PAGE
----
However, we are not alone in this stance. Presbyterians must take issue with at least some Baptists taking communion in their churches. Just this week, I listened to a somewhat refreshing episode of Reformed Forum in which Jim Cassidy admitted that Baptist parents are in sin who do not baptize their infants in keeping with a Presbyterian view of baptism. I think this is the only consistent Presbyterian view and, as such, I don’t see how Baptist parents can take communion in Presbyterian churches, unless Presbyterians encourage people in open, unrepentant sin to take communion.

ctc-album300Either way, both traditions have an issue when it comes to what Jones calls “catholicity” and baptism. Neither one of us can deny that we see the other as being disobedient to our Lord’s ordinance of baptism. Are Baptists inconsistent to call their Presbyterian friends Christians? Not quite as inconsistent, I would argue, as those Presbyterian churches that allow consistently Baptist parents to take communion.

So, perhaps the proper way to respond to our Presbyterian friends when they try to corner us on these issues is not to bend over backward to try to be ecumenical. Perhaps, the best response is to affirm them where they are correct, but demonstrate how they have to answer the same questions regarding their sacramentology. None of us are immune. At a certain level, each believe the other (credos and paedos) is disobedient at a certain level, and that must stand as a guard to the communion table at some point.

See also Tom Hicks’ response to Jones’ article. Michael Haykin has also chimed in, and Jones has offered his critique of Haykins’ response here.

LBCF of 1677/1689 – Chapter Twenty-Nine, Of Baptism

1. Baptism is an ordinance of the New Testament, ordained by Jesus Christ, to be unto the party baptized, a sign of his fellowship with him, in his death and resurrection; of his being engrafted into him; of remission of sins; and of giving up into God, through Jesus Christ, to live and walk in newness of life.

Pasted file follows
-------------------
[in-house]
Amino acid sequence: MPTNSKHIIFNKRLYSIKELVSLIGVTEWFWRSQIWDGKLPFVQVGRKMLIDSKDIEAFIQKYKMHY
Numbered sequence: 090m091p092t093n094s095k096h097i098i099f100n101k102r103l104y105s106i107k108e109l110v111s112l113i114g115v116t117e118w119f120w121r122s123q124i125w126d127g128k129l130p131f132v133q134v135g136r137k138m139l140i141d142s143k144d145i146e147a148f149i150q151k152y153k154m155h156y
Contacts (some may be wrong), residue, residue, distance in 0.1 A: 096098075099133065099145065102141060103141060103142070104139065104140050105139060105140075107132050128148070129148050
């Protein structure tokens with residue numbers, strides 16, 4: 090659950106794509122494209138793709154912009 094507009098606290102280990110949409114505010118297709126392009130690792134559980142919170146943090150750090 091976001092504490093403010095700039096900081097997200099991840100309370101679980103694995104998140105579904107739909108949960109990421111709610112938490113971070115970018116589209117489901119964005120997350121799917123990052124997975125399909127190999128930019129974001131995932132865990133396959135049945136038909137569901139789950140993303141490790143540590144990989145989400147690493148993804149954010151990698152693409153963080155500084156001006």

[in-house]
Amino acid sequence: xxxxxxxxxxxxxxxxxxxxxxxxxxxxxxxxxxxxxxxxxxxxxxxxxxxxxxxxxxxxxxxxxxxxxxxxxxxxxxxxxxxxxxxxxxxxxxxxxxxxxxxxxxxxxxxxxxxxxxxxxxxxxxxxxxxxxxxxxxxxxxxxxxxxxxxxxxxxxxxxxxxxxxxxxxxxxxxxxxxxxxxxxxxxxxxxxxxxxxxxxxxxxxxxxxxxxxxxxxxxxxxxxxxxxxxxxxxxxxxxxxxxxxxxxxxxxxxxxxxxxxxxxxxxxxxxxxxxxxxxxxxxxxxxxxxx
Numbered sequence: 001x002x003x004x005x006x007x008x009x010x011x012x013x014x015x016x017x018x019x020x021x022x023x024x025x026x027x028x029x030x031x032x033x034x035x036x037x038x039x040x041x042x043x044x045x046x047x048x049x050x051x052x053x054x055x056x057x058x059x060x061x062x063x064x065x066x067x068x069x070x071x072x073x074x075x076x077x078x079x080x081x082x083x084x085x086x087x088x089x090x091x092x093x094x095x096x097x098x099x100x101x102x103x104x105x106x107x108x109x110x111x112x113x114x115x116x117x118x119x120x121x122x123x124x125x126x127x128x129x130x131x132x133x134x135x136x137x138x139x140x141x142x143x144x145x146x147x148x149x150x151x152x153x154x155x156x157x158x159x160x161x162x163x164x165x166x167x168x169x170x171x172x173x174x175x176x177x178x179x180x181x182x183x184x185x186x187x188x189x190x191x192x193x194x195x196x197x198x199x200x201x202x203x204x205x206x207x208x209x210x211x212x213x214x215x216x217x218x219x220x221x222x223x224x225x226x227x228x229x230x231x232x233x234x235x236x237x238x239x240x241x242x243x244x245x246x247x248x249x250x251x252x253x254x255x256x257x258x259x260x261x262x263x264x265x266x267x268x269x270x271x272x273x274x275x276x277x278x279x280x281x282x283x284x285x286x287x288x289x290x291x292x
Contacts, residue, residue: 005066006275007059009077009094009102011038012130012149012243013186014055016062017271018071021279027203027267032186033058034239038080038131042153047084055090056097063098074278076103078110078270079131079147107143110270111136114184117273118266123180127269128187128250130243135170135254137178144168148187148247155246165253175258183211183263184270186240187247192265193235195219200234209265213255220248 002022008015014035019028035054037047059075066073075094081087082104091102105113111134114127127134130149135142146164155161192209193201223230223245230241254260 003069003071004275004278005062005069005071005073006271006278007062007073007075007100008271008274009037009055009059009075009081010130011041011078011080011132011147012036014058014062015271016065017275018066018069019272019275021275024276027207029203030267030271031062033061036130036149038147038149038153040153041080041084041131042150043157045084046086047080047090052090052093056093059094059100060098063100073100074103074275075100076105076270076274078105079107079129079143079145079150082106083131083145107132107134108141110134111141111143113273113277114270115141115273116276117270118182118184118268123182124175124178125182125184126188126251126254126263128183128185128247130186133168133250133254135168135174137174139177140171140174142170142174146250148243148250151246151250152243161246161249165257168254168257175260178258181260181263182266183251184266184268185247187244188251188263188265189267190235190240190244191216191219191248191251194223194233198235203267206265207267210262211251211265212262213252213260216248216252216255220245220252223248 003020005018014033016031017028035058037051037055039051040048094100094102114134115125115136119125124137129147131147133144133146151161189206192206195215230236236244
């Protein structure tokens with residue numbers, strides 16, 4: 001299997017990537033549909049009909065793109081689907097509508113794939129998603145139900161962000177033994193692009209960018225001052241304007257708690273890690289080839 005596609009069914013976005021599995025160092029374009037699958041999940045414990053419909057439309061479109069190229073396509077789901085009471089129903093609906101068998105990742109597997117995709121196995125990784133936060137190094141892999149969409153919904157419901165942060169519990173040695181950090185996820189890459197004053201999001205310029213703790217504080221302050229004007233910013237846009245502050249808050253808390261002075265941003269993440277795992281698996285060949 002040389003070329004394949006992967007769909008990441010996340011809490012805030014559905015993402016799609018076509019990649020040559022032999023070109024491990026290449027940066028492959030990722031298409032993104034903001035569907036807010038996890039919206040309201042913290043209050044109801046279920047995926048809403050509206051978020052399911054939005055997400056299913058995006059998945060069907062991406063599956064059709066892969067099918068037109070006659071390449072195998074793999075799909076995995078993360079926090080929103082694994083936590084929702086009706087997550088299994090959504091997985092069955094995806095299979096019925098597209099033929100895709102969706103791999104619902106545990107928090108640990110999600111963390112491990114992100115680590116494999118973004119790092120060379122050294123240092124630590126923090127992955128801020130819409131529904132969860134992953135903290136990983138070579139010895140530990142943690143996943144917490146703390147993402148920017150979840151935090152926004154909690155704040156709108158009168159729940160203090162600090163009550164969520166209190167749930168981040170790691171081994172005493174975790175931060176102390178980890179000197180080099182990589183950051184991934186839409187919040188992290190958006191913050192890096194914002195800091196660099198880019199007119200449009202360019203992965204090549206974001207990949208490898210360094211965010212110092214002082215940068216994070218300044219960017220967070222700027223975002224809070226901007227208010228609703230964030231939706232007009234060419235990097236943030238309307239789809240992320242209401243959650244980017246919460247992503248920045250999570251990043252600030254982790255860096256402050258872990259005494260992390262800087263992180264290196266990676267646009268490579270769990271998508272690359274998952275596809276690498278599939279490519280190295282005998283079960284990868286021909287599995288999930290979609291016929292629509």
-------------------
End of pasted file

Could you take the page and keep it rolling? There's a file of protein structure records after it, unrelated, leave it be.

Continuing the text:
( Romans 6:3-5; Colossians 2;12; Galatians 3:27; Mark 1:4; Acts 22:16; Romans 6:4 )

2. Those who do actually profess repentance towards God, faith in, and obedience to, our Lord Jesus Christ, are the only proper subjects of this ordinance.
( Mark 16:16; Acts 8:36, 37; Acts 2:41; Acts 8:12; Acts 18:8 )

3. The outward element to be used in this ordinance is water, wherein the party is to be baptized, in the name of the Father, and of the Son, and of the Holy Spirit.
( Matthew 28:19, 20; Acts 8:38 )

4. Immersion, or dipping of the person in water, is necessary to the due administration of this ordinance.
( Matthew 3:16; John 3:23 )

LBCF of 1677/1689 – Chapter Twenty-Eight, Of Baptism and the Lord’s Supper

1. Baptism and the Lord’s Supper are ordinances of positive and sovereign institution, appointed by the Lord Jesus, the only lawgiver, to be continued in his church to the end of the world.
( Matthew 28:19, 20; 1 Corinthians 11:26 )

2. These holy appointments are to be administered by those only who are qualified and thereunto called, according to the commission of Christ.
( Matthew 28:19; 1 Corinthians 4:1 )